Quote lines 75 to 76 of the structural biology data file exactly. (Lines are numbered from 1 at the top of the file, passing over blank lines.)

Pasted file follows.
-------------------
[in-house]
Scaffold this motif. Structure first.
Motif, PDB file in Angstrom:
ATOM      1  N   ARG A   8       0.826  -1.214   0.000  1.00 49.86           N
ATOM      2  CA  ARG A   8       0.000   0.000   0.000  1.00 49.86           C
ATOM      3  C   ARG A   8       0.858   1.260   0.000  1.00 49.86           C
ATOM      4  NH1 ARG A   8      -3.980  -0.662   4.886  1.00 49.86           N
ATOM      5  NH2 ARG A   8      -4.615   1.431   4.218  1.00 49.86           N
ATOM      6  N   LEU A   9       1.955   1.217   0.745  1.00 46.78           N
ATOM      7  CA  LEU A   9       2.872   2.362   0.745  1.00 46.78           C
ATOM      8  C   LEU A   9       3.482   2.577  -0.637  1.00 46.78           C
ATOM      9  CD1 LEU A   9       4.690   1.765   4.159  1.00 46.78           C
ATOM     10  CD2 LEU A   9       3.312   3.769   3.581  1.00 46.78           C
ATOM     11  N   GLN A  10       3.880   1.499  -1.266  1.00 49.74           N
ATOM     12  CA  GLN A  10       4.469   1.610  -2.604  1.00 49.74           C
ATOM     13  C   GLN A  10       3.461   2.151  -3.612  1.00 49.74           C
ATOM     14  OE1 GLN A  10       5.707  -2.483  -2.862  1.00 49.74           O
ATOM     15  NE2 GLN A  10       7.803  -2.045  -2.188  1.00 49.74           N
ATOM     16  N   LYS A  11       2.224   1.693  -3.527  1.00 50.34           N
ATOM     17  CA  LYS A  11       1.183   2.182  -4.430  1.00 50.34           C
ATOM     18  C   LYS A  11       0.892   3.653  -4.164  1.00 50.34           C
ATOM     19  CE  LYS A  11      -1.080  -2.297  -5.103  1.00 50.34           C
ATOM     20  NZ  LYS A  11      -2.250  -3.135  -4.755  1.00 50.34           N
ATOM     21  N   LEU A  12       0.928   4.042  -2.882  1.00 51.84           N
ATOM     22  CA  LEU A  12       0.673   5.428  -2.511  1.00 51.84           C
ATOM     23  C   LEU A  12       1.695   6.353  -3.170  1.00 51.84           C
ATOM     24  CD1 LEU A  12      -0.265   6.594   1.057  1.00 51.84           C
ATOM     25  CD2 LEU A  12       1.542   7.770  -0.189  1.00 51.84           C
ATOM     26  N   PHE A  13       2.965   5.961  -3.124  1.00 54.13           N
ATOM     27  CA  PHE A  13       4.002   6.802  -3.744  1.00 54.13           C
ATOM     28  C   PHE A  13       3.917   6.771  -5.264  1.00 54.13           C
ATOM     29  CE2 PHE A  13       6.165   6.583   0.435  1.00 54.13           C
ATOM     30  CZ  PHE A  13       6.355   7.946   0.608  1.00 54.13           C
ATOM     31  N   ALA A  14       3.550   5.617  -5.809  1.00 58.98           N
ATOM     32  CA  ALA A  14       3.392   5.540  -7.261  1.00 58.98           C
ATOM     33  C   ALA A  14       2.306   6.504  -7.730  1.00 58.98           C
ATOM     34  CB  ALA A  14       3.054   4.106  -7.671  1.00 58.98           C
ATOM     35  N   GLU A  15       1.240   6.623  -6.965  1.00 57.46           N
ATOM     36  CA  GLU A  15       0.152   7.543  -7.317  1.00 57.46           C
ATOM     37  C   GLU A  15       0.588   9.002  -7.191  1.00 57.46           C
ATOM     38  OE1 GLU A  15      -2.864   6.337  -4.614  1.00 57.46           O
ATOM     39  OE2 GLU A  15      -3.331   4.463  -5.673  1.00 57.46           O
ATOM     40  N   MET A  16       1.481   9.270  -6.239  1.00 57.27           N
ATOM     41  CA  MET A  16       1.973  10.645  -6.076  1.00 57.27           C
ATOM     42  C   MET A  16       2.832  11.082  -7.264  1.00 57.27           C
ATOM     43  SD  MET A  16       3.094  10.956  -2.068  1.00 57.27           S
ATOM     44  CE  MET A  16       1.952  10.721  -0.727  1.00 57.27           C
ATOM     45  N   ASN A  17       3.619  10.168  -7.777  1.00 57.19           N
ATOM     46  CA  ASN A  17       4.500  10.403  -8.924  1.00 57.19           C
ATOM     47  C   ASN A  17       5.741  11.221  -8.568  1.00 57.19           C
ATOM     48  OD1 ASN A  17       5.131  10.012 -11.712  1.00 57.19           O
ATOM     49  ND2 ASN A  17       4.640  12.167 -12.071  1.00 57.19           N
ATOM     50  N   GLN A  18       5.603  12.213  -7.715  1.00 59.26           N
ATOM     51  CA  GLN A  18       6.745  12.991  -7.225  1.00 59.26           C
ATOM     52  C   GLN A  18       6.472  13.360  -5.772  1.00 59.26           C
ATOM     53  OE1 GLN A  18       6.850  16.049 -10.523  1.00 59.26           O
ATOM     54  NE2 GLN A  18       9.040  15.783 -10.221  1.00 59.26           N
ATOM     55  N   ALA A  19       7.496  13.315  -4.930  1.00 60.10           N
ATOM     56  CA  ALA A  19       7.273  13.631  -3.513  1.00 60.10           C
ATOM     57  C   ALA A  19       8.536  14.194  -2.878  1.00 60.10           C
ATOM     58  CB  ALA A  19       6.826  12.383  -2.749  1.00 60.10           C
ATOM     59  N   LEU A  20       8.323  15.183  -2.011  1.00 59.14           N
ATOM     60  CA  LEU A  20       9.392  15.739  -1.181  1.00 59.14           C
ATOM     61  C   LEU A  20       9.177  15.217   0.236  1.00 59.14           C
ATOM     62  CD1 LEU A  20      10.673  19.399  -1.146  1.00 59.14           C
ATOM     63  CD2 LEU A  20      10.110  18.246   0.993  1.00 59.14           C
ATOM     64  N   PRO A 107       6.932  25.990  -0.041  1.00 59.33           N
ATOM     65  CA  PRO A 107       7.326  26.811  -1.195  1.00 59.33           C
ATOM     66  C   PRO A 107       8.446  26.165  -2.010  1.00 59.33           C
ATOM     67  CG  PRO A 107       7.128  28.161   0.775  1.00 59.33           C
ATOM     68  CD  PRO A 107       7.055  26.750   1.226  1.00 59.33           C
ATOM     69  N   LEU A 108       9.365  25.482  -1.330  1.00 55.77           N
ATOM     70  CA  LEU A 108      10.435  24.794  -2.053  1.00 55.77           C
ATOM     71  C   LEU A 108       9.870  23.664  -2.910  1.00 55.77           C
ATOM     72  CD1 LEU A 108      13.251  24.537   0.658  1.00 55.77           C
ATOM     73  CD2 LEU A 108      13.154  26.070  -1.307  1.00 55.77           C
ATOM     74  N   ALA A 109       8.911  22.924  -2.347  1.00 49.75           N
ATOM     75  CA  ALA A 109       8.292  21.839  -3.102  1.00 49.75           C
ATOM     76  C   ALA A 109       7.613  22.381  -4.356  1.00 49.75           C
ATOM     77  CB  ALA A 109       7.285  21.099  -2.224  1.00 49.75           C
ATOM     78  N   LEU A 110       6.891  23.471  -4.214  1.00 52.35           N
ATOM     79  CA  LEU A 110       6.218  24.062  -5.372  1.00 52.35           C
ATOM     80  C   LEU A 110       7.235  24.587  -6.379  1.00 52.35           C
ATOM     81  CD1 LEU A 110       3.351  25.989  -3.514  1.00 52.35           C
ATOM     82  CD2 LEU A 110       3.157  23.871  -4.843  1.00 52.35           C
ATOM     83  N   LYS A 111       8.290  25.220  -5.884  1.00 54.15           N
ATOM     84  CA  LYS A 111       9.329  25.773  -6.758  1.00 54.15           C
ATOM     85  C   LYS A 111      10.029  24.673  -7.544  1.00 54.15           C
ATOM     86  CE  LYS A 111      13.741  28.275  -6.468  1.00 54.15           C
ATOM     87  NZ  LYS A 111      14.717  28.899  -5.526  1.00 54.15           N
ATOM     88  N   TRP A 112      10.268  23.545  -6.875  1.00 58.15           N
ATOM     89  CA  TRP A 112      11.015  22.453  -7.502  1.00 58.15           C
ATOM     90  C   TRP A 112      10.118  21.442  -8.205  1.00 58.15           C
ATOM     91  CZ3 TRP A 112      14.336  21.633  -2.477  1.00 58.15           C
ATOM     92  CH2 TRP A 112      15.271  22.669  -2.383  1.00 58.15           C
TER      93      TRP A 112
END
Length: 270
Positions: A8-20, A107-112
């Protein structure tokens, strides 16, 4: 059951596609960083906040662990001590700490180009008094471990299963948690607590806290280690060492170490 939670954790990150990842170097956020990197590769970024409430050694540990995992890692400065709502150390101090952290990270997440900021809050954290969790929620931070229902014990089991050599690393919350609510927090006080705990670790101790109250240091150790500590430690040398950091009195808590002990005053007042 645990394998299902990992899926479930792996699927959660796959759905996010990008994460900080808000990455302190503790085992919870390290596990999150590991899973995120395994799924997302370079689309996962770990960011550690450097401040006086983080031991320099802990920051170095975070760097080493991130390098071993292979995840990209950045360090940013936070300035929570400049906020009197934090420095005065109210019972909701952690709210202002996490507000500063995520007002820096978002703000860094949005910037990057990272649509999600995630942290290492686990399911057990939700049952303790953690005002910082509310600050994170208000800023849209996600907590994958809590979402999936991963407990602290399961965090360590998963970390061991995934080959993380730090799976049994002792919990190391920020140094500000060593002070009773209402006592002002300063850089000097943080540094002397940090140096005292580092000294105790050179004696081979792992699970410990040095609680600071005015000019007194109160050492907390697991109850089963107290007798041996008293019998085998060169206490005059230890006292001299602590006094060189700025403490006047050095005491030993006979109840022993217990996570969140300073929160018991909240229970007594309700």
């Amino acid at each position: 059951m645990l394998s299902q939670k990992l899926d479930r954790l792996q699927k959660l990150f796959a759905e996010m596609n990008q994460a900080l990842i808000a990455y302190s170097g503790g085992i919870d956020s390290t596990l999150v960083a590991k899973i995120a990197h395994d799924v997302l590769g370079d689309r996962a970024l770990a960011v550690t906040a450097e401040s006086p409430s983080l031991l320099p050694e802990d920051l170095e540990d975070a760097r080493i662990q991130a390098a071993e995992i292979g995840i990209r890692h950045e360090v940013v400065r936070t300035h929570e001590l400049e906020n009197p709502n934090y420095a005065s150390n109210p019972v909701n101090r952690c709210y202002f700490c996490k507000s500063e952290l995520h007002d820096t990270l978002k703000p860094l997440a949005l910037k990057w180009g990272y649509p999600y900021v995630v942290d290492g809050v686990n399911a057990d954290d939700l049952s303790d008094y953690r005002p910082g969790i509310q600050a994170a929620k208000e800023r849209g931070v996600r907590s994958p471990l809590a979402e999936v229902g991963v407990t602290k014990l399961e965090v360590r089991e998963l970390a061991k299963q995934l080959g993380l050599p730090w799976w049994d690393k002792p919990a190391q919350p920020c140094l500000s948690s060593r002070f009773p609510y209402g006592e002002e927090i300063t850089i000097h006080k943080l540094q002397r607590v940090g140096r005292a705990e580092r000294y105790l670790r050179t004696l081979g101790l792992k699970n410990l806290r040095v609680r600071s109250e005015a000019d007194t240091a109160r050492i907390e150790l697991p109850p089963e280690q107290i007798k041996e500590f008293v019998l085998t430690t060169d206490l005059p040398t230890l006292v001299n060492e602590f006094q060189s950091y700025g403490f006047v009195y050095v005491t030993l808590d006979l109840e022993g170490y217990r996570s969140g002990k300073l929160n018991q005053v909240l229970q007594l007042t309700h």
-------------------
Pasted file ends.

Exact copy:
ATOM     72  CD1 LEU A 108      13.251  24.537   0.658  1.00 55.77           C
ATOM     73  CD2 LEU A 108      13.154  26.070  -1.307  1.00 55.77           C